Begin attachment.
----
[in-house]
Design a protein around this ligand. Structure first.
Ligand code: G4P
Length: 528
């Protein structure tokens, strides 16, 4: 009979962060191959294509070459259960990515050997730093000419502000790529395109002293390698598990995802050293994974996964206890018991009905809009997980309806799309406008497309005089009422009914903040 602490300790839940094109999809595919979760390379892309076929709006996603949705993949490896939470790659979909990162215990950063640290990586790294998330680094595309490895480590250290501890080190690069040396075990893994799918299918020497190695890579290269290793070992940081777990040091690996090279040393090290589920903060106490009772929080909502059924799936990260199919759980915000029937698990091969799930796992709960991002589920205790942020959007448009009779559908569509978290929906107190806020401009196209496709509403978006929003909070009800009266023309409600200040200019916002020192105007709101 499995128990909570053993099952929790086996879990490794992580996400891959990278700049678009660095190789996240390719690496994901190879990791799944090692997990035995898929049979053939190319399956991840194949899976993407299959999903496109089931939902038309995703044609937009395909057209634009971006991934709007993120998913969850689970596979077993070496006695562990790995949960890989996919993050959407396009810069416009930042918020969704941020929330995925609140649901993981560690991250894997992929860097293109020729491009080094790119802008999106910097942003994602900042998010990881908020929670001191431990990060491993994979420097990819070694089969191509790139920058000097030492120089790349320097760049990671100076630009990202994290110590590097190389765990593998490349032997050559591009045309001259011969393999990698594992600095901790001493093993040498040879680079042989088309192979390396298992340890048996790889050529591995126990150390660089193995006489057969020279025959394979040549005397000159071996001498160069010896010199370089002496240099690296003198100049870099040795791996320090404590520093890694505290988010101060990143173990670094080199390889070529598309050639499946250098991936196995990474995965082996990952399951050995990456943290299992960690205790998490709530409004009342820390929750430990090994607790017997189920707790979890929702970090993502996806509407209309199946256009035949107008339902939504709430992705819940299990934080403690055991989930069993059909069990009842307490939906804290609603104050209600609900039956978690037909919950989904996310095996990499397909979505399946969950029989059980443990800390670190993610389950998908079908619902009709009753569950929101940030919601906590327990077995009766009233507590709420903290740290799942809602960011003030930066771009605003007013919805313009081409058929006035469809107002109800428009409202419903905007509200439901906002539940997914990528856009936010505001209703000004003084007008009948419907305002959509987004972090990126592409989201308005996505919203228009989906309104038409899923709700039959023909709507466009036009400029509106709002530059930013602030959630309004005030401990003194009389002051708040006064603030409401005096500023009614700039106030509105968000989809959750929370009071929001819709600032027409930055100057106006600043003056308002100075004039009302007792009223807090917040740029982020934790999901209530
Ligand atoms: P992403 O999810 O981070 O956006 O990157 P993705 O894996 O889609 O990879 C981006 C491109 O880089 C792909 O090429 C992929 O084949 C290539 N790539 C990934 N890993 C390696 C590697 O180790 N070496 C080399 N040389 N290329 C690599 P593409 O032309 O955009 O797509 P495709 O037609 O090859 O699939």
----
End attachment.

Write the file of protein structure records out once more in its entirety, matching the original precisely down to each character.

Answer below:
[in-house]
Design a protein around this ligand. Structure first.
Ligand code: G4P
Length: 528
């Protein structure tokens, strides 16, 4: 009979962060191959294509070459259960990515050997730093000419502000790529395109002293390698598990995802050293994974996964206890018991009905809009997980309806799309406008497309005089009422009914903040 602490300790839940094109999809595919979760390379892309076929709006996603949705993949490896939470790659979909990162215990950063640290990586790294998330680094595309490895480590250290501890080190690069040396075990893994799918299918020497190695890579290269290793070992940081777990040091690996090279040393090290589920903060106490009772929080909502059924799936990260199919759980915000029937698990091969799930796992709960991002589920205790942020959007448009009779559908569509978290929906107190806020401009196209496709509403978006929003909070009800009266023309409600200040200019916002020192105007709101 499995128990909570053993099952929790086996879990490794992580996400891959990278700049678009660095190789996240390719690496994901190879990791799944090692997990035995898929049979053939190319399956991840194949899976993407299959999903496109089931939902038309995703044609937009395909057209634009971006991934709007993120998913969850689970596979077993070496006695562990790995949960890989996919993050959407396009810069416009930042918020969704941020929330995925609140649901993981560690991250894997992929860097293109020729491009080094790119802008999106910097942003994602900042998010990881908020929670001191431990990060491993994979420097990819070694089969191509790139920058000097030492120089790349320097760049990671100076630009990202994290110590590097190389765990593998490349032997050559591009045309001259011969393999990698594992600095901790001493093993040498040879680079042989088309192979390396298992340890048996790889050529591995126990150390660089193995006489057969020279025959394979040549005397000159071996001498160069010896010199370089002496240099690296003198100049870099040795791996320090404590520093890694505290988010101060990143173990670094080199390889070529598309050639499946250098991936196995990474995965082996990952399951050995990456943290299992960690205790998490709530409004009342820390929750430990090994607790017997189920707790979890929702970090993502996806509407209309199946256009035949107008339902939504709430992705819940299990934080403690055991989930069993059909069990009842307490939906804290609603104050209600609900039956978690037909919950989904996310095996990499397909979505399946969950029989059980443990800390670190993610389950998908079908619902009709009753569950929101940030919601906590327990077995009766009233507590709420903290740290799942809602960011003030930066771009605003007013919805313009081409058929006035469809107002109800428009409202419903905007509200439901906002539940997914990528856009936010505001209703000004003084007008009948419907305002959509987004972090990126592409989201308005996505919203228009989906309104038409899923709700039959023909709507466009036009400029509106709002530059930013602030959630309004005030401990003194009389002051708040006064603030409401005096500023009614700039106030509105968000989809959750929370009071929001819709600032027409930055100057106006600043003056308002100075004039009302007792009223807090917040740029982020934790999901209530
Ligand atoms: P992403 O999810 O981070 O956006 O990157 P993705 O894996 O889609 O990879 C981006 C491109 O880089 C792909 O090429 C992929 O084949 C290539 N790539 C990934 N890993 C390696 C590697 O180790 N070496 C080399 N040389 N290329 C690599 P593409 O032309 O955009 O797509 P495709 O037609 O090859 O699939």